Queen Elizabeth appointed Liz Truss as British prime minister on Tuesday, tasked with steering the country through a looming recession and energy crisis that threatens the futures of millions of households and businesses.
Truss, the fourth Conservative prime minister in six years, flew to the royal familiy’s Scottish home to be asked by the 96-year-old monarch to form a government. She replaces Boris Johnson, who was forced to quit after three tumultuous years in power.
“The Queen received in Audience The Right Honourable Elizabeth Truss MP today and requested her to form a new Administration,” Buckingham Palace said in a statement.
“Ms Truss accepted Her Majesty’s offer and kissed hands upon her appointment as Prime Minister and First Lord of the Treasury.”
Truss will confront one of the most daunting lists of problems of any post-war leader in Britain as inflation hits double digits, the cost of energy soars and the Bank of England warns of a lengthy recession by the end of this year.
Her plan to boost the economy through tax cuts while also potentially providing around 100 billion pounds ($116 billion) to cap energy costs has already rattled financial markets, prompting investors to dump the pound and government bonds in recent weeks.
She also enters the latest crisis to buffet Britain with a weaker political hand than many of her predecessors after she defeated rival Rishi Sunak in a vote of Conservative Party members by a tighter margin than expected, and with more of the party’s lawmakers initially backing her rival.
Johnson, who tried to cling on to power in July despite ministers resigning en masse over a series of scandals, told reporters and politicians gathered in Downing Street early on Tuesday that the time had come for the country to unite.
“This is it folks,” Johnson said in his farewell speech. “What I say to my fellow Conservatives, it’s time for politics to be over, folks. It’s time for us all to get behind Liz Truss and her team and her programme.”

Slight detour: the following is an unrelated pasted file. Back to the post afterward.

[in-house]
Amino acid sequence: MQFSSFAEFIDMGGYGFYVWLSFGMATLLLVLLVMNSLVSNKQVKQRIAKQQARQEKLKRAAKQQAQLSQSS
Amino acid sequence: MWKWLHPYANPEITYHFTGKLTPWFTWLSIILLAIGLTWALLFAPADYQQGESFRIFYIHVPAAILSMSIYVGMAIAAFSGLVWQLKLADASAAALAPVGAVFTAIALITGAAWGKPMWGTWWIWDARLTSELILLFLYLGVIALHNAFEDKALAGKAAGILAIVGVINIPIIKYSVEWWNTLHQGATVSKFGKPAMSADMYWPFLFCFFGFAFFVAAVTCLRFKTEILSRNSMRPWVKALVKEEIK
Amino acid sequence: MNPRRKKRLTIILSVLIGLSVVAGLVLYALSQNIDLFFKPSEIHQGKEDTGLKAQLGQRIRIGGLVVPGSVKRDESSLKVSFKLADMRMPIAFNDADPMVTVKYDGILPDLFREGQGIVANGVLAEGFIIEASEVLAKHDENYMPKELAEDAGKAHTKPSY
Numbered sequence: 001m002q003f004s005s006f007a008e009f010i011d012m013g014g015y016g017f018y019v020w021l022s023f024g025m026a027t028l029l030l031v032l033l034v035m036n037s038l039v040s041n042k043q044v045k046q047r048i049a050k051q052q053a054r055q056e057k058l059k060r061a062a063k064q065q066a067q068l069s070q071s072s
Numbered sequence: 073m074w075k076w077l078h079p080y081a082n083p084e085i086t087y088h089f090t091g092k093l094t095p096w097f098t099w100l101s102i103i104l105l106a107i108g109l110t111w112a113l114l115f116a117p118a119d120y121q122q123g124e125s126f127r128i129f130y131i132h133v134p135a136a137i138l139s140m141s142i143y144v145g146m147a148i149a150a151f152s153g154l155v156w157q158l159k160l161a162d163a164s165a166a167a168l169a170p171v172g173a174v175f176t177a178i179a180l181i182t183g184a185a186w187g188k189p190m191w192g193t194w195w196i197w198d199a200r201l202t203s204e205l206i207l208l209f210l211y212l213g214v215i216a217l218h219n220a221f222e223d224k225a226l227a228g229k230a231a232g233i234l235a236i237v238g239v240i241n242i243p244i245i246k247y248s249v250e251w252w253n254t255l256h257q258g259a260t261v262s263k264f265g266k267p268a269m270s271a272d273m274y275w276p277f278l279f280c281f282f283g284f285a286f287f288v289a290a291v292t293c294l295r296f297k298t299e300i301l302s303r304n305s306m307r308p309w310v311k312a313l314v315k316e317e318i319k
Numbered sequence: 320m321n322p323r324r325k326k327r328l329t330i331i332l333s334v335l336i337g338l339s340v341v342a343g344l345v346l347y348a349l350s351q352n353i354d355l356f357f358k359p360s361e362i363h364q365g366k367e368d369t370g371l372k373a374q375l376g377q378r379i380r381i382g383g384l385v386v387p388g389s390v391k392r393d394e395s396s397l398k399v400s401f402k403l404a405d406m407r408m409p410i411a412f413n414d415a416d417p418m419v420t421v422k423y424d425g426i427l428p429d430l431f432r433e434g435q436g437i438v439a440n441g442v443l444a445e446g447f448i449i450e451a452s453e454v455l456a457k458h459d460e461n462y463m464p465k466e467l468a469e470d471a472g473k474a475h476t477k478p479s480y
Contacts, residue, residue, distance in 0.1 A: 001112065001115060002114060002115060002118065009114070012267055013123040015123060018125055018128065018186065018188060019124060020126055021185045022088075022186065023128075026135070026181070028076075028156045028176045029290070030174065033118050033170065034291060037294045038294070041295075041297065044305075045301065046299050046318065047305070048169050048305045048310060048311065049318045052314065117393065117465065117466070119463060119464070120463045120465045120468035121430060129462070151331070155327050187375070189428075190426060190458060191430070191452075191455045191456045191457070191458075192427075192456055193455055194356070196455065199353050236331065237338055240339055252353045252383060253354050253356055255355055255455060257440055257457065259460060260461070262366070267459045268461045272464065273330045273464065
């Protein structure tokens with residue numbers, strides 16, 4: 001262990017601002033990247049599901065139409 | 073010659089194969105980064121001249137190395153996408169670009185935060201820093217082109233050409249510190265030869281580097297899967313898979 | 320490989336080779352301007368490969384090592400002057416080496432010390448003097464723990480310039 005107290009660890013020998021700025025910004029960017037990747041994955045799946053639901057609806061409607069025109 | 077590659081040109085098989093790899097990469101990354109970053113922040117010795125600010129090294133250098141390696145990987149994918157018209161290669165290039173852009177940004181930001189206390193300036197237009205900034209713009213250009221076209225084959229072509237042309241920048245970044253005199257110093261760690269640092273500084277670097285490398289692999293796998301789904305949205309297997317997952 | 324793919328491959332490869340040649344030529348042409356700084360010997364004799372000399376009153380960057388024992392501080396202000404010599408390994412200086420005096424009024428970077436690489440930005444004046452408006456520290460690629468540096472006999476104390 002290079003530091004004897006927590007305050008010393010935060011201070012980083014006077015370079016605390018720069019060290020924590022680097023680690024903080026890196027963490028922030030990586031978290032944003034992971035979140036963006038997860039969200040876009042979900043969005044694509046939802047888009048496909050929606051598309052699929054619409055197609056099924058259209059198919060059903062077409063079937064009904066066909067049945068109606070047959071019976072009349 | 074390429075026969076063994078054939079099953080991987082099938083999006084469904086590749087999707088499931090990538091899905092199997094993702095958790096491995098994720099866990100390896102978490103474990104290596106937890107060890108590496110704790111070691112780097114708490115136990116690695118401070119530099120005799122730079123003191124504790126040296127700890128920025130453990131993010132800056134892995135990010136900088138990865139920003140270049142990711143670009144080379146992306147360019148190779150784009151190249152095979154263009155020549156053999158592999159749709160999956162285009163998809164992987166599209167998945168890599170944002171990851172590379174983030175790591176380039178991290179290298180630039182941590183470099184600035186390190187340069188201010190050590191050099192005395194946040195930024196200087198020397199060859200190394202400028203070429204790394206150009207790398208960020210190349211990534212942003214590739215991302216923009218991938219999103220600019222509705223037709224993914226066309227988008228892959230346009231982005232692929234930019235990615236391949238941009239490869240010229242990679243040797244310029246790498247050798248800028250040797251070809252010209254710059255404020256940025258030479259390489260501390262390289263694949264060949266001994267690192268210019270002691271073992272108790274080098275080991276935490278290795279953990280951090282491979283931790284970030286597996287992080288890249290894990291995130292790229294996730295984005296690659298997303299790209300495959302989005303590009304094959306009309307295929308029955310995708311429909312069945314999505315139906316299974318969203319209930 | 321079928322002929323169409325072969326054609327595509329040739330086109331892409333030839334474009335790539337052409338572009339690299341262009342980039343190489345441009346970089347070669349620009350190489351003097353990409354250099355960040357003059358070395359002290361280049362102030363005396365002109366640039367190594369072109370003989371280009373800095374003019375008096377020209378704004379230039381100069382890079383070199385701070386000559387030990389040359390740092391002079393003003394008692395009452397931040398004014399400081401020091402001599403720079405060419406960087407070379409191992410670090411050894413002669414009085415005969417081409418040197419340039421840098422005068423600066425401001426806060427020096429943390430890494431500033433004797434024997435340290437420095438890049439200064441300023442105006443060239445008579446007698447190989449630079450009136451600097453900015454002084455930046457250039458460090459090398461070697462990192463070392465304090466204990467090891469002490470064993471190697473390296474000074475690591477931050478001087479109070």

After speaking outside the famous black door, he left London to travel to northeast Scotland and tender his resignation to the queen before Truss followed him into Balmoral Castle to be asked to replace him.
Johnson used his departure speech to boast of his successes, including an early vaccine programme during the coronavirus pandemic and his early support for Ukraine in its battle against Russia.
He also listed “delivering Brexit” as one of his main achievements, although polls now show that a majority of people think leaving the European Union was a mistake.
Changing the rules
Johnson’s speech was full of the bombast and jokes characteristic of a man once loved by much of the British public but also loathed by many. He has refused to show any remorse over the scandals that brought him down, including “Partygate”, a series of boozy gatherings in Downing Street while the country was under COVID-19 lockdown, for which he was fined by police.
Britain, under Conservative rule since 2010, has stumbled from crisis to crisis in recent years and there is now the prospect of a long energy emergency that could drain the savings of households and threaten the futures of smaller businesses that are still weighed down by COVID-era loans.
Household energy bills are due to jump by 80% in October, but a source familiar with the situation has told Reuters that Truss may freeze bills in a plan that could cost towards 100 billion pounds, surpassing the COVID-19 furlough scheme.
It is not clear how Britain will pay for the support. Government-backed loans to energy suppliers, repaid either by levies on future bills or via general taxation, are being considered according to the source.
But the scale of the package, plus the fact the energy crisis could run for a couple of years, has spooked investors.
The pound has fared worse against the U.S. dollar than most other major currencies recently.
In August alone sterling shed 4% against the greenback and it marked the worst month for 20-year British government bonds since around 1978, according to records from Refinitiv and the Bank of England.
Britain’s public finances also remain weighed down by the government’s huge coronavirus spending spree. Public debt as a share of economic output is not far off 100%, up from about 80% before pandemic.